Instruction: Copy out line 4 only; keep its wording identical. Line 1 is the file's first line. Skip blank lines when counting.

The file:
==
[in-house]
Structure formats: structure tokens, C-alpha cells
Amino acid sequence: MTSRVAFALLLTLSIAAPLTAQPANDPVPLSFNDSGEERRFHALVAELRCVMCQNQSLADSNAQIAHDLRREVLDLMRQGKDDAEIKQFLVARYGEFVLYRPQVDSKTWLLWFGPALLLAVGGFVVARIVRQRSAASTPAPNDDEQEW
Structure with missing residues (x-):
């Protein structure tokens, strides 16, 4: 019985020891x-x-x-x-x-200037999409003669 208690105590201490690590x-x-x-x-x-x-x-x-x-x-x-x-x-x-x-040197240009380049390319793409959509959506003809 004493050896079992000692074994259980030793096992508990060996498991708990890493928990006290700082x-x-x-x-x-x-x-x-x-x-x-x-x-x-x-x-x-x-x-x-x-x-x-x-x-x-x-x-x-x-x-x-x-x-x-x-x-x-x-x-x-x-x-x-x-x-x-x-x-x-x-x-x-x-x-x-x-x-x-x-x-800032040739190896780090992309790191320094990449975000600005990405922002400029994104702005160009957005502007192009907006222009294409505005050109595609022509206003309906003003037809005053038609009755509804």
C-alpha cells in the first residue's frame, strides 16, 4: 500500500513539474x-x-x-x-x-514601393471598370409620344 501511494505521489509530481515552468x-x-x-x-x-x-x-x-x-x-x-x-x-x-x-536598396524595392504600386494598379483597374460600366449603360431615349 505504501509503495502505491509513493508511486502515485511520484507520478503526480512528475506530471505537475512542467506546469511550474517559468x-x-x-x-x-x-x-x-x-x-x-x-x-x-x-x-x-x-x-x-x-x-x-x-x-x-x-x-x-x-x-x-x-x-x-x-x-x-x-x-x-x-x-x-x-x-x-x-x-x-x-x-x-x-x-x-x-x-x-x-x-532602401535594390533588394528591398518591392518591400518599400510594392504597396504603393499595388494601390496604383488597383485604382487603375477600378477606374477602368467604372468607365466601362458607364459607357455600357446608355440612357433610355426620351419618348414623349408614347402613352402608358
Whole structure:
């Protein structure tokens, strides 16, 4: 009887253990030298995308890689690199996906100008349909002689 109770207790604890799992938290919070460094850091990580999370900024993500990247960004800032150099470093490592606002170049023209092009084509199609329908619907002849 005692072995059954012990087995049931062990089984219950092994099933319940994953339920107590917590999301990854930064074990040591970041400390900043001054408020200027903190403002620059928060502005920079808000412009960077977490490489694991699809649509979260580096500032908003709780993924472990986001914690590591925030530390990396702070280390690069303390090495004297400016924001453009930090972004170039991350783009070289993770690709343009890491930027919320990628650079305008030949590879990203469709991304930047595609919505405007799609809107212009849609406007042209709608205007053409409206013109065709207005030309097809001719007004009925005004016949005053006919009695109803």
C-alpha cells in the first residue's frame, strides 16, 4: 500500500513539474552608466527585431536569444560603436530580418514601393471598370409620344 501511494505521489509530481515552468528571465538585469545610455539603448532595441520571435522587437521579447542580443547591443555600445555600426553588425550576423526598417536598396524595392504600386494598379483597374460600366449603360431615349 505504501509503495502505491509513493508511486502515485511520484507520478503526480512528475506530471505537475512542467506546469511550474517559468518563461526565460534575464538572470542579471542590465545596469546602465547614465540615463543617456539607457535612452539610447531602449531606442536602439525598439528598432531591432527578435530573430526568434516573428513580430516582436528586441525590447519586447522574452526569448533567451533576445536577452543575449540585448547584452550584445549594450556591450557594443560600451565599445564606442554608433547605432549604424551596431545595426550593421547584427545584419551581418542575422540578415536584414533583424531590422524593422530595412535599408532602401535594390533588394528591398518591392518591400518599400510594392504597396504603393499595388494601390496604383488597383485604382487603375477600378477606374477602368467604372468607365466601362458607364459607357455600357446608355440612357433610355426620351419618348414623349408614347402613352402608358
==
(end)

Structure with missing residues (x-):